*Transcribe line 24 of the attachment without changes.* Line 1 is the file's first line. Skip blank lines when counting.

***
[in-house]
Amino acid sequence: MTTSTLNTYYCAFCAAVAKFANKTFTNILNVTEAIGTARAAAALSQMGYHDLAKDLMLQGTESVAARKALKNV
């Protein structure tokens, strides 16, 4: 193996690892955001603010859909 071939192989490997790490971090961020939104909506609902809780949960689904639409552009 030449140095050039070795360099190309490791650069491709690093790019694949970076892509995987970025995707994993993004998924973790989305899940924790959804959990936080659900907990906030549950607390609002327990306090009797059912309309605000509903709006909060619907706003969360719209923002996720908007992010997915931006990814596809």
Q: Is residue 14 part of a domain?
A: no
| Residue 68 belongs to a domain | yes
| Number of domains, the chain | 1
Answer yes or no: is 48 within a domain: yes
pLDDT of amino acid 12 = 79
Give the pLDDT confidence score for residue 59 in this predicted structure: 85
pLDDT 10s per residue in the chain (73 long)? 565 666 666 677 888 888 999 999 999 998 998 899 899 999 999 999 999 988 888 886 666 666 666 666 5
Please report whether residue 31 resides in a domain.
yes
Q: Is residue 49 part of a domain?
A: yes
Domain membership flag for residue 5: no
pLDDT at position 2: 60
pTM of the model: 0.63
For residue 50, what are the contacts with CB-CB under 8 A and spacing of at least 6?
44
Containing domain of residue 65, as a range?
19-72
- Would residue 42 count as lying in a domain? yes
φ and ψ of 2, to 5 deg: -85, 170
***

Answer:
φ and ψ of 2, to 5 deg: -85, 170